Oil prices fell to about $60 a barrel Wednesday after OPEC’s president said the group would keep output intact and the U.S. Department of Energy reported a sharp rise in crude stocks last week.
Edmund Daukoru, Nigeria’s oil minister and president of the Organization of the Petroleum Exporting Countries, said output would remain unchanged but monitored by the cartel. OPEC ministers will meet again in Venezuela on June 1.
Meanwhile Wednesday, the Energy Department’s Energy Information Administration said U.S. crude stocks rose 6.8 million barrels in the week ended Friday to 335.1 million, the highest level since 1999. The increase was attributed to a rise in imports and a fall in refinery use, the latter because of seasonal maintenance.
“It was an extremely large build in crude stocks. It was way above any expectations,” said Tom Bentz, an analyst at BNP Paribas Commodity Futures in New York.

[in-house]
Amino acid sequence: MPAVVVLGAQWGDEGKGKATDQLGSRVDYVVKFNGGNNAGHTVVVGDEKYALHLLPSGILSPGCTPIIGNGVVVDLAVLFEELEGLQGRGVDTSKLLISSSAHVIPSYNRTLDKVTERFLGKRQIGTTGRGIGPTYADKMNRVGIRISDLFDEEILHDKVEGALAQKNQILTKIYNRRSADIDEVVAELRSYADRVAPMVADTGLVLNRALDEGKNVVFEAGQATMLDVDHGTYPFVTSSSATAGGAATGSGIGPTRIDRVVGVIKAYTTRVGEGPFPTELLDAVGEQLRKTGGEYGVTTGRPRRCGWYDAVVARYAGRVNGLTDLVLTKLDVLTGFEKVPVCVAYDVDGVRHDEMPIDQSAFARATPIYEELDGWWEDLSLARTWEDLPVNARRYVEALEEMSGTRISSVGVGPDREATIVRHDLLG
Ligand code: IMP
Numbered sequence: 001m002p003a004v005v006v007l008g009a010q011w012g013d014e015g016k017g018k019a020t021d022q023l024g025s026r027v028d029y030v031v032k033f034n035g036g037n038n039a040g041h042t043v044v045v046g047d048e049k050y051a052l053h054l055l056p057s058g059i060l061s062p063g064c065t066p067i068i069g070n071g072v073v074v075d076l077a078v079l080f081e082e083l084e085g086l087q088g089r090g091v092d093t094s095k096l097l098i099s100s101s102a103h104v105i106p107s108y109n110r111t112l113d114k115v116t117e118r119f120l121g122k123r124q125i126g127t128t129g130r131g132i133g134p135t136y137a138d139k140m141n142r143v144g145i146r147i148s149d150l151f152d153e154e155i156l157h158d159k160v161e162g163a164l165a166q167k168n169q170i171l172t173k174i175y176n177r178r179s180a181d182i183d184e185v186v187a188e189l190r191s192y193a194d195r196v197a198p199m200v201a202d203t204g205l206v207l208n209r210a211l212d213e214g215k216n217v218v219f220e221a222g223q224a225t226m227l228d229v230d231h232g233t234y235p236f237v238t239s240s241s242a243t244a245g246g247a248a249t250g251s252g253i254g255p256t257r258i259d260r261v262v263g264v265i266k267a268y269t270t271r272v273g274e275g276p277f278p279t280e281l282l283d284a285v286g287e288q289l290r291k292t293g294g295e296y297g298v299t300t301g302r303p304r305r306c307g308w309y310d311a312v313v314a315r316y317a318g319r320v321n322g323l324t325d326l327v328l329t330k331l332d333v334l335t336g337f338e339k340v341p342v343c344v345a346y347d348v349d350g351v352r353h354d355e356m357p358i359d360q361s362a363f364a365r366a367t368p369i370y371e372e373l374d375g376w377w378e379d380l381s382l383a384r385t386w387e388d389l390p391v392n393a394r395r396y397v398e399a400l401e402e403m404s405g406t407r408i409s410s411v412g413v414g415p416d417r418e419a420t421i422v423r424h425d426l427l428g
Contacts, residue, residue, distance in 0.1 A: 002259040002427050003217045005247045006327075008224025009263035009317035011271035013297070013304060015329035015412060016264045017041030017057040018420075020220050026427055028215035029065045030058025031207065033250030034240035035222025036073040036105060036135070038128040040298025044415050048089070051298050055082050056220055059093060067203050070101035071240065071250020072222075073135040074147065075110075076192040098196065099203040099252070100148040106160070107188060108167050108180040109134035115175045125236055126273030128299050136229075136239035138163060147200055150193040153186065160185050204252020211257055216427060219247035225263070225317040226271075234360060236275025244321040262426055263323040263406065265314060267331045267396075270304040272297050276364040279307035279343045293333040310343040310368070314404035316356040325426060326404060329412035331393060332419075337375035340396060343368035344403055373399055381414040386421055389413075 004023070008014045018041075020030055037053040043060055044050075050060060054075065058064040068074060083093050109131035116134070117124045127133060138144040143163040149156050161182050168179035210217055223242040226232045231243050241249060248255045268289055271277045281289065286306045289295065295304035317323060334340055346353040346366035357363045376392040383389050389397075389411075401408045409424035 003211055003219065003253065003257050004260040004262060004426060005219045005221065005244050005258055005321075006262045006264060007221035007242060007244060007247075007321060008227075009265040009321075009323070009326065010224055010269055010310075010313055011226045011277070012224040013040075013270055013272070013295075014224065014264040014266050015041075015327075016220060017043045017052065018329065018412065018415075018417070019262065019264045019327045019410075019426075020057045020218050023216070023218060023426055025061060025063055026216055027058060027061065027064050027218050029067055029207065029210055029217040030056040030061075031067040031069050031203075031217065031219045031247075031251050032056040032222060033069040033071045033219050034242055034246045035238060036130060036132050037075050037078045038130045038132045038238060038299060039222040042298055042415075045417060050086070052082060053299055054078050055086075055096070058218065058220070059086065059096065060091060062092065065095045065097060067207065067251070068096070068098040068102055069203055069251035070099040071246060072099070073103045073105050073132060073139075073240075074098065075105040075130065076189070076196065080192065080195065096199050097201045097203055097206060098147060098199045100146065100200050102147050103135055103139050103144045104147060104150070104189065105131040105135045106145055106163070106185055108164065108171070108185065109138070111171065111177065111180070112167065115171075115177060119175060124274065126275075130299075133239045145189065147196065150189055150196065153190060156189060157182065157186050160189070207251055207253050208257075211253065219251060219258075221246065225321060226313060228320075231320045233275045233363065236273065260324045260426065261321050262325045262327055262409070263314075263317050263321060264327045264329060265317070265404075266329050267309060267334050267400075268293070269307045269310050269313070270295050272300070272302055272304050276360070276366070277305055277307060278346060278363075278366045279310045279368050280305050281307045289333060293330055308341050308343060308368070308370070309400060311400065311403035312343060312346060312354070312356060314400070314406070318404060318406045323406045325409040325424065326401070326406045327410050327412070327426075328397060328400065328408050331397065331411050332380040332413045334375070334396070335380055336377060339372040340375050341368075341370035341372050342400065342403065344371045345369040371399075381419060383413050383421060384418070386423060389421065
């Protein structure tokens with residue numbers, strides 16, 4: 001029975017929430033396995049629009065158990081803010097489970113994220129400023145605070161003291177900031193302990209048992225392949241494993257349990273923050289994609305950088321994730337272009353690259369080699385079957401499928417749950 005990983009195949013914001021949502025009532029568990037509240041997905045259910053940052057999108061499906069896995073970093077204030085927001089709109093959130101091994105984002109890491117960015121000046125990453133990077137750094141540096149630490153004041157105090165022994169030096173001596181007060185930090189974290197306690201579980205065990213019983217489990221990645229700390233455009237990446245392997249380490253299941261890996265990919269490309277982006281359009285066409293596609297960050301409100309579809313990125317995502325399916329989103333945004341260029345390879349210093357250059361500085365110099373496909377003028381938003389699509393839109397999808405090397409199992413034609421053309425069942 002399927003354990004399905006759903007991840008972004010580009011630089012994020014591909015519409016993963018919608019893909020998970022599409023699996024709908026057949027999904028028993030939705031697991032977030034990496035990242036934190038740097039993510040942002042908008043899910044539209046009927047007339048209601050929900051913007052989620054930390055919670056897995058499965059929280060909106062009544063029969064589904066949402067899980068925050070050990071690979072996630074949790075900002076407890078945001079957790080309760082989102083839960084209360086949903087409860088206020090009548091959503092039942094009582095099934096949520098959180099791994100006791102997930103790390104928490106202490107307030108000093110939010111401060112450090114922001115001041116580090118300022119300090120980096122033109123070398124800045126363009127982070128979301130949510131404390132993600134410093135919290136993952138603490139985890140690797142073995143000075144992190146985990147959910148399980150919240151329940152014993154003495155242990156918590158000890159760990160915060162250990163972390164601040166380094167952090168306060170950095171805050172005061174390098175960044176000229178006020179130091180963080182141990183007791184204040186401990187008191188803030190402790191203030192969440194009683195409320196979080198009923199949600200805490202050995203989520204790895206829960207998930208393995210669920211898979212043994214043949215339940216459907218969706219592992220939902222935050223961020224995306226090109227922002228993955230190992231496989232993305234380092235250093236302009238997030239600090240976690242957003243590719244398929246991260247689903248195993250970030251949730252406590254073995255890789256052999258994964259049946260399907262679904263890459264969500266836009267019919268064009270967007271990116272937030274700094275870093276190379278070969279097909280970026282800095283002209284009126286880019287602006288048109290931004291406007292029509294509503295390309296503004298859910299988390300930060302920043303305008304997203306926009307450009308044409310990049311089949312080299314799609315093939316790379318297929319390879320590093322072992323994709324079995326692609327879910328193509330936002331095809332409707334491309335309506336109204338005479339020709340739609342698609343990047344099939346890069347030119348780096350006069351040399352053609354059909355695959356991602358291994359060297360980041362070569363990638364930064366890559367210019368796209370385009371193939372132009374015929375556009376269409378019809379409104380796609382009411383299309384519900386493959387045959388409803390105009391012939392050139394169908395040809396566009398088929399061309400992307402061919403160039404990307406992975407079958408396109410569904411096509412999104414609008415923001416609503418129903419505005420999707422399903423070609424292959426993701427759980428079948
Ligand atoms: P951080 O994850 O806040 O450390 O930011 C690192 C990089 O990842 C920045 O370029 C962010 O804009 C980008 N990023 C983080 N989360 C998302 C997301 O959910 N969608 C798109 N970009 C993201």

Light, sweet crude for April delivery fell $1.56 to settle at $60.02 a barrel on the New York Mercantile Exchange, after hitting a low of $59.25 earlier in the day.
Wednesday’s settlement price was the lowest since Feb. 17, when crude closed at $59.88 a barrel.
The contract has fallen more than $3 this week since Friday’s settlement price of $63.67.
In Wednesday’s report, the EIA also said gasoline inventories fell 1.1 million barrels to 224.8 million and distillate fuel inventories -- which include heating oil and diesel -- fell 2.7 million barrels to 131.4 million.
Both remain above the upper end of the average range for this time of year, the EIA said, but gasoline stocks are now 0.5% below year-ago levels and gasoline demand is 2.5% higher.